Bond investors have reason to fret these days. With the Federal Reserve holding its benchmark rate at just 1 percent, short-term funds pay puny yields. The economy appears to be recovering, implying that rates are bound to rise in the next year, pushing down bond prices. Overseas, the picture is much brighter. In Australia, short-term yields are 5.25 percent; in Europe, short-term yields are 2 percent. And in some Scandinavian countries, central banks appear poised to cut rates. That would deliver capital gains to overseas bondholders and enable them to outdo U.S. counterparts.
Besides offering more appealing yields, global bond markets can pay U.S. investors an intriguing bonus in the form of currency gains. Lately the dollar has been falling, and that makes foreign bonds worth more to Americans. Currency moves helped boost world bond funds in 2003 when they returned 13.2 percent, more than eight percentage points ahead of domestic bond funds, according to Morningstar. Can the dollar keep falling? Yes, say many currency analysts. The U.S. is selling dollars to satisfy its voracious appetite for imports. Meanwhile, the Bush administration appears content to let the currency fall, a process that makes U.S. exports cheaper and helps create manufacturing jobs. “There is a very strong likelihood that foreign bonds will outperform the typical domestic intermediate-term fund this year,” says Pran Tiku, president of Peak Financial Management, a registered investment advisor in Wellesley, Mass. In portfolios of clients who can tolerate moderate risk, Tiku has put 30 percent of assets in bonds. Of the fixed-income allocation, a quarter is in foreign bonds.
While the current conditions are unusually appealing for foreign bonds, overseas issues can make interesting long-term positions because they provide diversification. Foreign bond markets rarely move in lockstep with the U.S. And many foreign markets typically provide higher yields because they present greater risks.
From A to Z
Investors seeking foreign bonds should note that the funds come in a variety of styles, ranging from extremely volatile to relatively safe. Among the tame choices are funds that invest in government debt from the developed world. Riskier funds hold shakier credits from emerging markets. While some funds make big currency bets, many portfolio managers reduce volatility by using forward contracts or other hedging techniques that eliminate exposure to risky markets.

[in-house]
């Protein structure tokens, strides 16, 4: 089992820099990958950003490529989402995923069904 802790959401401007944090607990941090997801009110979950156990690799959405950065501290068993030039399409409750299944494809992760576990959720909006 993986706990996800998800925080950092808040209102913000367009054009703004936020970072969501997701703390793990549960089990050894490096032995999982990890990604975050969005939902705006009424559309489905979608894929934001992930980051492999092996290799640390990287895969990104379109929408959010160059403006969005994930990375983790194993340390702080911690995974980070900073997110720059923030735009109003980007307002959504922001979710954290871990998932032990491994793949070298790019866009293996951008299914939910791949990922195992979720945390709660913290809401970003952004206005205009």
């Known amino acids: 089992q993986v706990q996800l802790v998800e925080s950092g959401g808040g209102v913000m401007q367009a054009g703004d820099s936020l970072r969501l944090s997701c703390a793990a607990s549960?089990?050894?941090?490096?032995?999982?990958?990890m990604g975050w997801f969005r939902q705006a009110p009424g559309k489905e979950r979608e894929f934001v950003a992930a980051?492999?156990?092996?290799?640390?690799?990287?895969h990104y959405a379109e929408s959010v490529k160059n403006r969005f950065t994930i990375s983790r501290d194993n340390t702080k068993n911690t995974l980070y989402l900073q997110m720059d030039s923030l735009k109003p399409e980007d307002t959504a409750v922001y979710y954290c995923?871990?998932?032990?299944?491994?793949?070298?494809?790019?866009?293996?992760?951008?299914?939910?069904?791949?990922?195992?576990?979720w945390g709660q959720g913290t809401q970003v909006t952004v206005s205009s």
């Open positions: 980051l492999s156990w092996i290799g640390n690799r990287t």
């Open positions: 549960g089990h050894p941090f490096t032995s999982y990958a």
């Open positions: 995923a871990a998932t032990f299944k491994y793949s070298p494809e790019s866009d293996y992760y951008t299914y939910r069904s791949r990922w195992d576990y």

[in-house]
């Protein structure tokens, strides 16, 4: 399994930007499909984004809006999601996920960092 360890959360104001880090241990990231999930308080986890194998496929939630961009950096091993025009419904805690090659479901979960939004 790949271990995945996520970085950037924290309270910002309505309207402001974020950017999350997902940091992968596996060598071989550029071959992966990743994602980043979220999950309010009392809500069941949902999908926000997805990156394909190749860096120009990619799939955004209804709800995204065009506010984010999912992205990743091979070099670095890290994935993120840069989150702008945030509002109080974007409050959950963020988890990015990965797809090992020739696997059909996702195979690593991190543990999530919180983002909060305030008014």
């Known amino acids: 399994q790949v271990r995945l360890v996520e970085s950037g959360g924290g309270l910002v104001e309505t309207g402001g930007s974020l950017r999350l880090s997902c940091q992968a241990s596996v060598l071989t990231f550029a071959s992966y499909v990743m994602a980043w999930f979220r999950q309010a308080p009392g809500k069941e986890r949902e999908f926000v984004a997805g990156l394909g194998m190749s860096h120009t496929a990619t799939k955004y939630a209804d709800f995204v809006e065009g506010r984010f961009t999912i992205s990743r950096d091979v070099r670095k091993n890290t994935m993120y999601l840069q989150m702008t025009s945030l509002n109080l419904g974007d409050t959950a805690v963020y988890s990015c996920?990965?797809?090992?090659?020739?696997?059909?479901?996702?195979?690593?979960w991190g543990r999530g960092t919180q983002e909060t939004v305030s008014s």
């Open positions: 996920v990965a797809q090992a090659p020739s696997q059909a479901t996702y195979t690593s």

The most dramatic moves lately have come from emerging-market funds, which have returned 18.6 percent annually for the past five years, more than 19 percentage points ahead of the S&P 500. The big numbers are the result of a massive recovery that began in the 1990s. After the financial meltdowns in Russia and Asia, emerging-market bonds collapsed. But gradually the countries tightened their belts, putting in place new economic policies that reduced trade deficits. Rising commodity prices boosted sales for countries ranging from Chile to Nigeria. One of the most dramatic recoveries occurred in Russia where climbing oil prices helped the country move from a trade deficit to a surplus. Now nearly half of the 32 countries in the J.P. Morgan Emerging Market Bond Index carry investment-grade ratings. That is a big change from the 1990s, when all emerging-market government debt was rated below investment grade.
Investors who seek a relatively steady emerging-market vehicle should consider Fidelity New Markets. The fund limits risk by emphasizing government bonds from steadier countries, like Russia and Mexico. Portfolio manager John Carlson reduces currency risks for Americans mainly by buying foreign bonds that are denominated in dollars (so, the fund isn't meant to be a hedge on a falling dollar). These dollar securities hold most of their value — even if a country's currency sinks. “You can get plenty of returns in emerging markets without placing bets on the currencies,” Carlson says.